The Way Station

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"The Way Station"
AuthorStephen King
CountryUnited States
LanguageEnglish
Genre(s)Fantasy
Published inThe Magazine of Fantasy and Science Fiction
PublisherMercury Press
Media typePrint (Magazine)
Publication dateApril 1980
Preceded by"The Gunslinger"
Followed by"The Oracle and the Mountains"

"The Way Station" is a novella by American writer Stephen King, originally published in The Magazine of Fantasy and Science Fiction in April 1980.[1] In 1982, "The Way Station" was collected with several other stories King published in The Magazine of Fantasy and Science Fiction as The Dark Tower: The Gunslinger. "The Way Station" formed the second chapter of the book, and was slightly revised for the inclusion.[2][3]

Plot summary[edit]

At a way station in the desert, Roland Deschain meets Jake Chambers for the first time. Under hypnosis, Jake remembers that he has recently been killed in his own world, the New York City of 1977, when someone pushed him into traffic. This event creates the series' first link of Roland's world to ours, and Jake's account leads Roland to believe that the man in black may have caused the death.

While searching the way station's cellar for usable supplies, Roland encounters a demon that speaks to him through a skeleton buried behind the wall. The demon warns him that the man in black will be able to use Jake as an asset against him as long as the two are traveling together. On impulse, Roland takes the skeleton's jawbone with him.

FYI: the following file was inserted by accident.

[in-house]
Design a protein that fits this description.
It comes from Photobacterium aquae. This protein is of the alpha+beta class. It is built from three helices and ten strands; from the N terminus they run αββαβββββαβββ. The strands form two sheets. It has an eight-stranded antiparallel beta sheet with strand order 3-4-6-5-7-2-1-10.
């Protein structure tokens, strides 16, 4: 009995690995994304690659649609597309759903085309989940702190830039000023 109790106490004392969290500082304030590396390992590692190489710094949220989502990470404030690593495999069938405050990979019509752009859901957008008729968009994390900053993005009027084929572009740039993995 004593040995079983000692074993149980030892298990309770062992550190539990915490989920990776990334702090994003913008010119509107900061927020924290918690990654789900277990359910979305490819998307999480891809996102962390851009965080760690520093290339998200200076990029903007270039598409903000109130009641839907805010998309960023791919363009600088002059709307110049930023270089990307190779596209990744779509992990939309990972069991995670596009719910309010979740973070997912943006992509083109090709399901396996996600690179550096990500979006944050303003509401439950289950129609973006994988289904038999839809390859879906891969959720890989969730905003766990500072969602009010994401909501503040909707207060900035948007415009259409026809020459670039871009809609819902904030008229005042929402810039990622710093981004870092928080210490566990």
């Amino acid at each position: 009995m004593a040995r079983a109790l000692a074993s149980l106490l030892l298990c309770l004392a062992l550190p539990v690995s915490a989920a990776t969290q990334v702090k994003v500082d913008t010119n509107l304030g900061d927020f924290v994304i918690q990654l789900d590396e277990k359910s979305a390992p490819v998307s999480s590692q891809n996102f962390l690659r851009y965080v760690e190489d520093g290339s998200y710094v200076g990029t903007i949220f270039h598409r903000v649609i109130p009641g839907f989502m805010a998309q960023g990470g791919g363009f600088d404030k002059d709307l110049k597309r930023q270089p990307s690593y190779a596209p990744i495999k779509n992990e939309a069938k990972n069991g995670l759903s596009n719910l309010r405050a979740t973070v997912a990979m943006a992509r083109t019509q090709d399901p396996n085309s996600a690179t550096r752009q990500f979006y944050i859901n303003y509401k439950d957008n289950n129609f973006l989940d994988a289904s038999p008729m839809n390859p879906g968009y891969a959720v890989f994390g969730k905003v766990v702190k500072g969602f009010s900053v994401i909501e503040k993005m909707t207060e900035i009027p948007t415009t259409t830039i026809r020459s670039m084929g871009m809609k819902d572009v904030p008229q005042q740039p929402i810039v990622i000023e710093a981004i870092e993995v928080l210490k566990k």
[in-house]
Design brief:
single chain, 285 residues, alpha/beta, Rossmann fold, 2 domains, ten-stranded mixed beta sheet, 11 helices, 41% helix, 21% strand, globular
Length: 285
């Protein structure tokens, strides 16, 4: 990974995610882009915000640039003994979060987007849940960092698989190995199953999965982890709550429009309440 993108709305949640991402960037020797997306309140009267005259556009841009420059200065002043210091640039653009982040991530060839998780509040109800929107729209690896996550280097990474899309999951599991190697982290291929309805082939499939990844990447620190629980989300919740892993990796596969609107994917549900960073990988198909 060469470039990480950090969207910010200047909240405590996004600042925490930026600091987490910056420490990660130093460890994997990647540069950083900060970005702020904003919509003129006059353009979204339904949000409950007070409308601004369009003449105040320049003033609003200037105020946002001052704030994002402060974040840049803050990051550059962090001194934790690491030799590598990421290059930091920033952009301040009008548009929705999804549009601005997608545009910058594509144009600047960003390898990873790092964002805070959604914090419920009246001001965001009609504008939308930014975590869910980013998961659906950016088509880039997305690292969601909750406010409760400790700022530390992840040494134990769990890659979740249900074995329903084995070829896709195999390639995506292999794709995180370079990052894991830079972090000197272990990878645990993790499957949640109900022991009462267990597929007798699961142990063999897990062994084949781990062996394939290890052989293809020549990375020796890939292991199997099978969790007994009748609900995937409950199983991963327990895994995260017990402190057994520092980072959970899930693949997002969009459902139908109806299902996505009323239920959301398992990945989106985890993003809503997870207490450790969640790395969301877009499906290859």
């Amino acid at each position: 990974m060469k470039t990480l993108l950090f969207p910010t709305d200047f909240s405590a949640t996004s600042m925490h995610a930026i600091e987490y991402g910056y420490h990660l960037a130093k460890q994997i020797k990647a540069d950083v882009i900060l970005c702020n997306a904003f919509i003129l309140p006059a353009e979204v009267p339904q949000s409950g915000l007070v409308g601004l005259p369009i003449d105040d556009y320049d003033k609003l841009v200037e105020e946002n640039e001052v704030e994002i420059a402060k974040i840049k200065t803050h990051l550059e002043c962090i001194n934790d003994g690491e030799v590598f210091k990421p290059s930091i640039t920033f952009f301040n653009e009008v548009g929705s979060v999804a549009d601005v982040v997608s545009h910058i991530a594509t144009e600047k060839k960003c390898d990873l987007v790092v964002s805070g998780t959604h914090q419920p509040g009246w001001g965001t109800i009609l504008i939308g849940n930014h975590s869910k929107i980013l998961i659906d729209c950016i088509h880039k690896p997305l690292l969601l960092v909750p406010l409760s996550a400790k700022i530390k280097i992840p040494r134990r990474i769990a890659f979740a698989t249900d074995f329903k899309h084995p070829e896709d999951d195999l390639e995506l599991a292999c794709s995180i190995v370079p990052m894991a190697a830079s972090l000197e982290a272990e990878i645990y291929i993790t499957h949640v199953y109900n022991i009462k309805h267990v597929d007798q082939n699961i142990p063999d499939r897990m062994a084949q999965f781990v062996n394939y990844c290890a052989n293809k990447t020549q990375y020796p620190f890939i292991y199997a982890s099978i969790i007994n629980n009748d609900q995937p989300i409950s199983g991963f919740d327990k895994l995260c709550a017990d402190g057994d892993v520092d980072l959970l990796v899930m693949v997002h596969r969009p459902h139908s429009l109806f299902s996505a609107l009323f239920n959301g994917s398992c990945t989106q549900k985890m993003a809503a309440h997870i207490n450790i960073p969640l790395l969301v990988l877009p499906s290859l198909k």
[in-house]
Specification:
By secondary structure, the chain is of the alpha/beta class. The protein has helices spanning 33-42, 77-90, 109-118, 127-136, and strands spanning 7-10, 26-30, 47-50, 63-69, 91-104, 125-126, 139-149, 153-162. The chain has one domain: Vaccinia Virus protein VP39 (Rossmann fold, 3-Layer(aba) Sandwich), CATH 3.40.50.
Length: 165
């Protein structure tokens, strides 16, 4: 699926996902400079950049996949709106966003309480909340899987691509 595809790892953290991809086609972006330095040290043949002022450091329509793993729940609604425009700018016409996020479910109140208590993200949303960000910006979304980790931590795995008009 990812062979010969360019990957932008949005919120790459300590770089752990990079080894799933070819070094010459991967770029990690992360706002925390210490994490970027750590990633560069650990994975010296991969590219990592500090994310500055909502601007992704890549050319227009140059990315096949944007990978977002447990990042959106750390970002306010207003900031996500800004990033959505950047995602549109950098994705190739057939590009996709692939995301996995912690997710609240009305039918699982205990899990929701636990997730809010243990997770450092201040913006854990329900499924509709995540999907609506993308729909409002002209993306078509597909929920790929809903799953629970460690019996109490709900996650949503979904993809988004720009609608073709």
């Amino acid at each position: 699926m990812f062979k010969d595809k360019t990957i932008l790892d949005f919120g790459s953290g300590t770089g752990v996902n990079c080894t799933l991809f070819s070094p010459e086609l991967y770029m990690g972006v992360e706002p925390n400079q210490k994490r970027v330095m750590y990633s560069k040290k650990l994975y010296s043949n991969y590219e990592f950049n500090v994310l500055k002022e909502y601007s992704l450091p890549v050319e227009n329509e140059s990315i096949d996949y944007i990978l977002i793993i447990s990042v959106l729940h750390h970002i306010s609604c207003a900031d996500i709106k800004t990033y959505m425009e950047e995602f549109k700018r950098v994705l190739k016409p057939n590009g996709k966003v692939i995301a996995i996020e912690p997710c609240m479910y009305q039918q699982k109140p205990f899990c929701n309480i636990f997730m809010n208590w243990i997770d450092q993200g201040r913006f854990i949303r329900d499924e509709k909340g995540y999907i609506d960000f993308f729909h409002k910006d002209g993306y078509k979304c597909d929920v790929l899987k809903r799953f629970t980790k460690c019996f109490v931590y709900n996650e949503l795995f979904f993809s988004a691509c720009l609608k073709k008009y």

Roland and Jake set off into the desert, heading toward a mountain range where the man in black has gone. Along the way, Roland tells Jake about a training session under the severe regimen of his teacher Cort, who showed him how to use a hawk as a weapon; and how Roland and one of his best friends, Cuthbert Allgood, exposed the cook Hax as a traitor working for the Good Man and sent him to the gallows.

Among other changes made by King for the 2003 revised version of The Gunslinger, King altered the "Rain in Spain" nursery rhyme included in the opening pages.[4]

See also[edit]

References[edit]

  1. ^ "Bibliography". The Magazine of Fantasy and Science Fiction. Retrieved 16 April 2019.
  2. ^ "The Dark Tower: The Gunslinger". StephenKing.com. Retrieved 16 April 2019.
  3. ^ Peckham, Matthew. "The SF Site Featured Review: The Dark Tower: The Gunslinger (2003)". SF Site. Retrieved 16 April 2019.
  4. ^ "The Gunslinger: A Side by Side Comparison". The Dark Tower.net. Retrieved 16 April 2019.